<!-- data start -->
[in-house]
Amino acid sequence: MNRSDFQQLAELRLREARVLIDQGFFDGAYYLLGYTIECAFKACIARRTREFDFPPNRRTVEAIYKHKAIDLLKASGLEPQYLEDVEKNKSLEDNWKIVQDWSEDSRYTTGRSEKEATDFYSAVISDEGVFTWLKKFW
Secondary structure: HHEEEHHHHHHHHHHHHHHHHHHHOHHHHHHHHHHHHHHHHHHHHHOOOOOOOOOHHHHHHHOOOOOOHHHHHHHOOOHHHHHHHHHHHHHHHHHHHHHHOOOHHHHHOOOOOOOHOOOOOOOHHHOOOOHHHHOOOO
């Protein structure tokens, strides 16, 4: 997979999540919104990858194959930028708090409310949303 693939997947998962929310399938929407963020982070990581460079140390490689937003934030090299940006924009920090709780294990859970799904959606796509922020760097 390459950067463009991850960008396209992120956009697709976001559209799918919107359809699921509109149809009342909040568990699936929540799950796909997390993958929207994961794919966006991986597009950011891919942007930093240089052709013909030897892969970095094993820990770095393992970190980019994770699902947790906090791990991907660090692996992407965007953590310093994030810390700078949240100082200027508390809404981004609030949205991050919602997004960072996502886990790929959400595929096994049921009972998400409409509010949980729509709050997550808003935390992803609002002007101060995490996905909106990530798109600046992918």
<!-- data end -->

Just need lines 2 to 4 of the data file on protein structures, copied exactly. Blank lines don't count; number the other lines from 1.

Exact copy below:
Amino acid sequence: MNRSDFQQLAELRLREARVLIDQGFFDGAYYLLGYTIECAFKACIARRTREFDFPPNRRTVEAIYKHKAIDLLKASGLEPQYLEDVEKNKSLEDNWKIVQDWSEDSRYTTGRSEKEATDFYSAVISDEGVFTWLKKFW
Secondary structure: HHEEEHHHHHHHHHHHHHHHHHHHOHHHHHHHHHHHHHHHHHHHHHOOOOOOOOOHHHHHHHOOOOOOHHHHHHHOOOHHHHHHHHHHHHHHHHHHHHHHOOOHHHHHOOOOOOOHOOOOOOOHHHOOOOHHHHOOOO
């Protein structure tokens, strides 16, 4: 997979999540919104990858194959930028708090409310949303 693939997947998962929310399938929407963020982070990581460079140390490689937003934030090299940006924009920090709780294990859970799904959606796509922020760097 390459950067463009991850960008396209992120956009697709976001559209799918919107359809699921509109149809009342909040568990699936929540799950796909997390993958929207994961794919966006991986597009950011891919942007930093240089052709013909030897892969970095094993820990770095393992970190980019994770699902947790906090791990991907660090692996992407965007953590310093994030810390700078949240100082200027508390809404981004609030949205991050919602997004960072996502886990790929959400595929096994049921009972998400409409509010949980729509709050997550808003935390992803609002002007101060995490996905909106990530798109600046992918």